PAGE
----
Batterson History, Family Crest & Coats of Arms
On the Scottish west coast, the Batterson family was born among the ancient Dalriadan clans. Their name comes from the personal name Patrick.
Early Origins of the Batterson family
The surname Batterson was first found in Ross-shire (Gaelic: Siorrachd Rois) a former county, now part of the Council Areas of Highland and Western Isles in Northern Scotland, which emerged from the Gaelic lordship of the Earl of Ross. The ancestral home of the Clan Pheadirean (Patersons) was on the north side of Lochfyne. Moving from the Gaelic into English spellings resulted in the typical wide range of surname spellings. By example, William Patrison and John Patonson, a 'gentillmen,' were witnesses in Aberdeen in 1446, Donald Patyrson was admitted burgess of Aberdeen in 1494, Robert Patersoun was 'capitane of ane were schip of Dundee' in 1544, Fyndlay Patersoun had a tack of the lands of Owar Elrik from the Abbey of Cupar in 1557, and so on. 
Early History of the Batterson family
This web page shows only a small excerpt of our Batterson research. Another 119 words (8 lines of text) covering the years 1700, 1604, 1679, 1632, 1708, 1706, 1727, 1658, 1719, 1691 and are included under the topic Early Batterson History in all our PDF Extended History products and printed products wherever possible.
Batterson Spelling Variations
In the Middle Ages, the translation between Gaelic and English was not a highly developed process. Spelling was not yet standardized, and so, an enormous number of spelling variations appear in records of early Scottish names. Batterson has appeared as Patterson, Paterson, Pattersen, Patteson, Pattison and many more.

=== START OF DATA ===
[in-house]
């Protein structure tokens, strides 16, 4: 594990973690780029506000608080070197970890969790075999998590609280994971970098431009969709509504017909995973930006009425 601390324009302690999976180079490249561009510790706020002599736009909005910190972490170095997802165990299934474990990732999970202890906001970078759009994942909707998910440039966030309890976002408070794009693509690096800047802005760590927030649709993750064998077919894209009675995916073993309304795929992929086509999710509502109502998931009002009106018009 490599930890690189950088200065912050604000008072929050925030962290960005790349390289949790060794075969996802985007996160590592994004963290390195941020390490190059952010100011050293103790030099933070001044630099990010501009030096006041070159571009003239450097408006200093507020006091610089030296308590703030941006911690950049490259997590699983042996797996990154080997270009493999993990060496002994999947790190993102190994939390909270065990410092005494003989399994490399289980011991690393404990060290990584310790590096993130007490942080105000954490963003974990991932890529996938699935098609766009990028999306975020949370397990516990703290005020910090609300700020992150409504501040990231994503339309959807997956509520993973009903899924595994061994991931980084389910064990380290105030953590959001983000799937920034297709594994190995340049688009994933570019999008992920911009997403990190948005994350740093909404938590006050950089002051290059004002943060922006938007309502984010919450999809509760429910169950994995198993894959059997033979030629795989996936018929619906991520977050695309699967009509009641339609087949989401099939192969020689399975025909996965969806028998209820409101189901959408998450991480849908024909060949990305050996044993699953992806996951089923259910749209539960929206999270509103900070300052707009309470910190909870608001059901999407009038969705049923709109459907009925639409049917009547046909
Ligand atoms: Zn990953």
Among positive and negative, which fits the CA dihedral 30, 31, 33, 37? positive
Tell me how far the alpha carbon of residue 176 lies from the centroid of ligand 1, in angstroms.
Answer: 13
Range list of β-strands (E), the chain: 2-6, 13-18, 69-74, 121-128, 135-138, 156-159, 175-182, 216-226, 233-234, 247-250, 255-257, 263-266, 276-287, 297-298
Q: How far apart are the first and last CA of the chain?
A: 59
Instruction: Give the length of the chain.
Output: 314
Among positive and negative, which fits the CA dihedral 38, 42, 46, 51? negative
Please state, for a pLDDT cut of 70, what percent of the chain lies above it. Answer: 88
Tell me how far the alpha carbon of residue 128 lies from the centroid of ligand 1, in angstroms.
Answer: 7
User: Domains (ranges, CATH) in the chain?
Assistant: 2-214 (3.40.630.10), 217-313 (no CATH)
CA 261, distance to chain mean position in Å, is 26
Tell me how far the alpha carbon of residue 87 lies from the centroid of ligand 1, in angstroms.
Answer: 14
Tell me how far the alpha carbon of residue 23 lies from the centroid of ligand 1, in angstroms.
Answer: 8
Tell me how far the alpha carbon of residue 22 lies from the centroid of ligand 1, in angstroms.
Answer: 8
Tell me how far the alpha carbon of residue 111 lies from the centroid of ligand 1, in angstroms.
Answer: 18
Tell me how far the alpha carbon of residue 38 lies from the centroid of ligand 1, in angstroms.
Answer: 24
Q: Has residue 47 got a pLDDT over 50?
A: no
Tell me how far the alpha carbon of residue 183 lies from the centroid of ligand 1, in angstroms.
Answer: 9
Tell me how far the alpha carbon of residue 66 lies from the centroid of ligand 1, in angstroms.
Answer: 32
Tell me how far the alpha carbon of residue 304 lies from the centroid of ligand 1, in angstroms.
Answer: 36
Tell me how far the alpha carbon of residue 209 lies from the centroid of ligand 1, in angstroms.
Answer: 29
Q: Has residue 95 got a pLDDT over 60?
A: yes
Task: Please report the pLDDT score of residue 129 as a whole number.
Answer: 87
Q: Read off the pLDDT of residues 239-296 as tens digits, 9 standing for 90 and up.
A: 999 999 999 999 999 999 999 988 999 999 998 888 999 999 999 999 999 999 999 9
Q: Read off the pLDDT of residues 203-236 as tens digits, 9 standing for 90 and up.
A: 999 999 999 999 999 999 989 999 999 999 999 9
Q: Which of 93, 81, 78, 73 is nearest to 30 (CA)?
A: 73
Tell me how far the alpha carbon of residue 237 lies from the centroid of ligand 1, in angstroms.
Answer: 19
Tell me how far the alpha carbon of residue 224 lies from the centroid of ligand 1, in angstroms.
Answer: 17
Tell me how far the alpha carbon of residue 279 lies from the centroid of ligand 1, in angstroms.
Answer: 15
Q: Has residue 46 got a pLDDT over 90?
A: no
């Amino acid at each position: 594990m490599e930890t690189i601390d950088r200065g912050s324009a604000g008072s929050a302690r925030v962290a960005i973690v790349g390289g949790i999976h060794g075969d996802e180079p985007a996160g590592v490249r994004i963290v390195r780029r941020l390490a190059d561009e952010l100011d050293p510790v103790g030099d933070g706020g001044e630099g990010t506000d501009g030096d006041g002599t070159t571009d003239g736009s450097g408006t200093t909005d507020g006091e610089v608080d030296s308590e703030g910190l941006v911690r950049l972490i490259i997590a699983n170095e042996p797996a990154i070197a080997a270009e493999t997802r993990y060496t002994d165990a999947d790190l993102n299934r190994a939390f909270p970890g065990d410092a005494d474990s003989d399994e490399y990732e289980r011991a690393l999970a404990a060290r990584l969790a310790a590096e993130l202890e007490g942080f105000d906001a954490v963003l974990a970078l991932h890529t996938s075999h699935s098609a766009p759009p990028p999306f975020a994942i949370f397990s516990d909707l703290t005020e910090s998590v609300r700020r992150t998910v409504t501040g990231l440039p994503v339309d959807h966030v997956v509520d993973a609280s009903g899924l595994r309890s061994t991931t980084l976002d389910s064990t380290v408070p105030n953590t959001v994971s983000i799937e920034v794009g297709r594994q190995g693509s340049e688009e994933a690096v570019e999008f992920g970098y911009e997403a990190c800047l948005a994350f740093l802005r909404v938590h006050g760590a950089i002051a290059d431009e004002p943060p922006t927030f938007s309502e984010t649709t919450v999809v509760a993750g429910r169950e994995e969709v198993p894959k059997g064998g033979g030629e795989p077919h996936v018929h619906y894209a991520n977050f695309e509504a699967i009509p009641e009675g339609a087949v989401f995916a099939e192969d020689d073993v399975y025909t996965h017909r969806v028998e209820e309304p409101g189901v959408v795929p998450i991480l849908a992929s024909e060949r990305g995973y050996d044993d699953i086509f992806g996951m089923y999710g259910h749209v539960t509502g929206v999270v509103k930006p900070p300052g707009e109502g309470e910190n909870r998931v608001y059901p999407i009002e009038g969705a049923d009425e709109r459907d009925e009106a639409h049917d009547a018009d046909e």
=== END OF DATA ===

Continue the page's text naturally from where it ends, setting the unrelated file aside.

Early Notables of the Batterson family (pre 1700)
Notable amongst the Clan from early times was John Paterson (1604-1679), Bishop of Ross; John Paterson (1632-1708), the last Archbishop of Glasgow, Bishop of Galloway, Bishop of Edinburgh; and William Pattison (1706-1727), an English poet.
Sir William Paterson (1658-1719), a Scottish trader and banker, one of the founders of the Bank of England. One story claims "he came from Scotland...
Migration of the Batterson family to Ireland
Some of the Batterson family moved to Ireland, but this topic is not covered in this excerpt.
These settlers arrived in North America at a time when the east was burgeoning with prosperous colonies and the expanses of the west were just being opened up. The American War of Independence was also imminent. Some Scots stayed to fight for a new country, while others who remained loyal went north as United Empire Loyalists. The ancestors of all of them went on to rediscover their heritage in the 20th century through highland games and other patriotic Scottish events. The Batterson were among these contributors, for they have been located in early North American records:
Batterson Settlers in United States in the 18th Century
Emigration to New Zealand followed in the footsteps of the European explorers, such as Captain Cook (1769-70): first came sealers, whalers, missionaries, and traders. By 1838, the British New Zealand Company had begun buying land from the Maori tribes, and selling it to settlers, and, after the Treaty of Waitangi in 1840, many British families set out on the arduous six month journey from Britain to Aotearoa to start a new life. Early immigrants include:
Batterson Settlers in New Zealand in the 19th Century
The motto was originally a war cry or slogan. Mottoes first began to be shown with arms in the 14th and 15th centuries, but were not in general use until the 17th century. Thus the oldest coats of arms generally do not include a motto. Mottoes seldom form part of the grant of arms: Under most heraldic authorities, a motto is an optional component of the coat of arms, and can be added to or changed at will; many families have chosen not to display a motto.
Motto: Pro Rege et grege
Motto Translation: For King and people.